Wanting to improve or advance your tennis game? Making sure you’re practicing the proper footwork is necessary to get you around the court with efficiency, and keep you on point and ready for the next ball coming your way. “Staying on your toes” is not just a saying when on the court; it’s how you will maintain the best control over yourself and your game. Much like boxing, you want to be quick and light on your feet. The importance of strong legs and a regular exercise routine cannot be stressed enough if you’re serious about your game.
Positions and Techniques
- Used at the center of the court to allow for maximum reaction to wherever the ball is sent on your side
- Legs shoulder width apart, weight equally distributed on your toes, racket gripped in front of you with both hands
- Slightly bend your hips and knees
- Similar to the ready position, but incorporates short ‘hops’ in the direction of the ball
- Used right when the opponent makes contact with the ball to get you where the ball is aiming
- A power move to get you to the ball faster
- Once you’ve returned the ball, you need to get back to the Ready Position, but you don’t want to take your eyes off your opponent or the ball; this move allows you to get where you need to be while staying prepared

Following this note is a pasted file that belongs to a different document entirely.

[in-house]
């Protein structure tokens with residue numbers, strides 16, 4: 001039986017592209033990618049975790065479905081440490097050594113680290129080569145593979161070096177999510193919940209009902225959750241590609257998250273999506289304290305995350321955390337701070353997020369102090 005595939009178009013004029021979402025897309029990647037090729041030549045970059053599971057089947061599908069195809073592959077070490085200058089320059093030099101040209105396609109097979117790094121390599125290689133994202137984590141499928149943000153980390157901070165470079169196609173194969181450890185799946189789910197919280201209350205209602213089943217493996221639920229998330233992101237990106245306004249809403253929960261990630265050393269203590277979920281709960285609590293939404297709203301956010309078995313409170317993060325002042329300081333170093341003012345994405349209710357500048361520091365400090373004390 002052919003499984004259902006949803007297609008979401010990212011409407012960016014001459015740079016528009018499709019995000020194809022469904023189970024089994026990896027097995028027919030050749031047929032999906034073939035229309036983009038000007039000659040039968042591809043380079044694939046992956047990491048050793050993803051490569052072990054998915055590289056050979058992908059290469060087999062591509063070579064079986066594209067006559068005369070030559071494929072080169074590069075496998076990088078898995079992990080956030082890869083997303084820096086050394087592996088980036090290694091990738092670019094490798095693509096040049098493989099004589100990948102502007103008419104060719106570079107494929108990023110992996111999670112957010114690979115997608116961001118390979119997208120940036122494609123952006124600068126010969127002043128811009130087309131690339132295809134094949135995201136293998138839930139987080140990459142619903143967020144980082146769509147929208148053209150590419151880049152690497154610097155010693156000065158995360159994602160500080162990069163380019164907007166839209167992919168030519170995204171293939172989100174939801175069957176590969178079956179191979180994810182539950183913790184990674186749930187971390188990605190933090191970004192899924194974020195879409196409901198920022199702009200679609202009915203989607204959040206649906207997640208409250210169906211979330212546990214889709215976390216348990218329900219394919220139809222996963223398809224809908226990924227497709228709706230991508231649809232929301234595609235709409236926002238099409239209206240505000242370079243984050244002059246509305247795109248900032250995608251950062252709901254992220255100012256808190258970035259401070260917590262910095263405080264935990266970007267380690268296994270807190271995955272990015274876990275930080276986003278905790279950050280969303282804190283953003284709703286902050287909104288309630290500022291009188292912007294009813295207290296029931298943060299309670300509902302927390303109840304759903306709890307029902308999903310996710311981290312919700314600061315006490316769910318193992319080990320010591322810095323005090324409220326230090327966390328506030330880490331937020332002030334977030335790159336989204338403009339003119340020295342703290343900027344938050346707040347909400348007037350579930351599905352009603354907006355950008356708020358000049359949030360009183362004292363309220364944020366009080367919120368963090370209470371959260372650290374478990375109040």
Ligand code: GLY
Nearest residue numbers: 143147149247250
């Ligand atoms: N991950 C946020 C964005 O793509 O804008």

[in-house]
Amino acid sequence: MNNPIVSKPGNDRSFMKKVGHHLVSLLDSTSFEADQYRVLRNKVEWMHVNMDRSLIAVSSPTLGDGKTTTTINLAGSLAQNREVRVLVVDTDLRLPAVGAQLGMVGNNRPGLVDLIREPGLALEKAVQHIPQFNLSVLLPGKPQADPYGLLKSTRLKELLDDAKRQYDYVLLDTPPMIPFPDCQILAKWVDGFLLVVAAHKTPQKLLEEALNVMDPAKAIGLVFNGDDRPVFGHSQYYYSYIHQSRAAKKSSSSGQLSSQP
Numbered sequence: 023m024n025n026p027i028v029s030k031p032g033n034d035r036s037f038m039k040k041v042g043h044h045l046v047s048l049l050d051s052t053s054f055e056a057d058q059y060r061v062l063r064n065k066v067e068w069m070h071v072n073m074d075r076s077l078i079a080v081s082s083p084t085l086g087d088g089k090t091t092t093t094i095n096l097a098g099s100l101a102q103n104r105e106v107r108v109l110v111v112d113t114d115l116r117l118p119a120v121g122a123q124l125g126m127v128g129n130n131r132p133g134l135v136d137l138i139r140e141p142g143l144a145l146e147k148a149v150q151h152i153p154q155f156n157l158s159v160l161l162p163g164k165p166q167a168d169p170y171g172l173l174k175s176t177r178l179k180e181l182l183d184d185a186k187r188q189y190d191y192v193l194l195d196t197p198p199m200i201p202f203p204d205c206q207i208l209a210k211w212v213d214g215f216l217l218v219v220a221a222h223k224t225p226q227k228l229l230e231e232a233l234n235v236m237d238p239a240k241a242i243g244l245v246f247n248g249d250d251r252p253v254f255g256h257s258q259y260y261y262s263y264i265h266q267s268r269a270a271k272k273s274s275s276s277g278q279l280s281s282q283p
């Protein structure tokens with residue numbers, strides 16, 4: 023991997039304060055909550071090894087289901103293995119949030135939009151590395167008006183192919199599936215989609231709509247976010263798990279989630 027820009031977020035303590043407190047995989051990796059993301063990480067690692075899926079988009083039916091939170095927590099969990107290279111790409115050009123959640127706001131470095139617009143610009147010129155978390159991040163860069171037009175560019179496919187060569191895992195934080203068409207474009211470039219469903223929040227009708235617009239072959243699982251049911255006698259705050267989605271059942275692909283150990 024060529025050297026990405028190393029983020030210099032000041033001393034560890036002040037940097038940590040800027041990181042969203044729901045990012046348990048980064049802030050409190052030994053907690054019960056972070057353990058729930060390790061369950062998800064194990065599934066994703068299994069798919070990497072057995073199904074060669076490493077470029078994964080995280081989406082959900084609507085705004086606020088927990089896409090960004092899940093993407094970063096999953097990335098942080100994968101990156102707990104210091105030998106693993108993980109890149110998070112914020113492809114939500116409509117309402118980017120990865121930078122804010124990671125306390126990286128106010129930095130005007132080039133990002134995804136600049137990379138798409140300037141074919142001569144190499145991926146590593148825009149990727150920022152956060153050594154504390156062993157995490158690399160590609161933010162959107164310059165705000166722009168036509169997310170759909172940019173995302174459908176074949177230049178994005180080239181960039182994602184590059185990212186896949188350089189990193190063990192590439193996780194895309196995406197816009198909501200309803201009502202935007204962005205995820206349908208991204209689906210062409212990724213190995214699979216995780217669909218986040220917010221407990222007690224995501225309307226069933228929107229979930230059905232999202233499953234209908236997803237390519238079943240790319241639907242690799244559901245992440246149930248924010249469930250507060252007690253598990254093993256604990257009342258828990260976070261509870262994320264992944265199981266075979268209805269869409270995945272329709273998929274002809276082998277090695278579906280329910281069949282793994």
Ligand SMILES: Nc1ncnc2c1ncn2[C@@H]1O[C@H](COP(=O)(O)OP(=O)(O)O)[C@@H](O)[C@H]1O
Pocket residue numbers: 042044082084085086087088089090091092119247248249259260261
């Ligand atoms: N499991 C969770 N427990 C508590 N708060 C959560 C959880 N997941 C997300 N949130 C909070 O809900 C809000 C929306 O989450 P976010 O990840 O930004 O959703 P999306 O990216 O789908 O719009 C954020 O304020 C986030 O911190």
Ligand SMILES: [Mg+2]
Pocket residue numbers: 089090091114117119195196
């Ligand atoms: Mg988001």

- Your feet should never touch when side-shuffling
- If you’ve traveled to the far edges of the court, this move will get you back quickly without changing directions
- Easy to slip into the Side Shuffle when better agility is needed
There are four stances, used with both forehand and backhand swings, which you can take before hitting a ball. Each one is used on the court in different places; however, which stance you choose will be dependent on how much timing you have.
Closed (or Classic) Stance: Both feet are turned sideways and are parallel with the net/baseline, allowing for full and proper shoulder/body turning. Mostly used with backhand shots, from center court. Best for return shots.
Neutral (or Square) Stance: Back foot is parallel to the baseline while front foot is stepping in a right angle. Allows the player to step into the ball, resulting in more powerful shots.
Semi-Open Stance: When you have to act fast and don’t have time for a neutral stance, this gets used. Both feet are positioned diagonally to the net. Very flexible, allowing full shoulder rotation and follow through on shots.
Open Stance: Both feet in a straight line, facing the net. Allows for extremely powerful shots. Rotation is done in the upper body, putting more torque on the swing. Fast recovery to center court.
Want to work on your stances and footwork techniques? Call the knowledgeable staff at Elysium Tennis today, so we can get you on the court with a trained tennis professional tomorrow!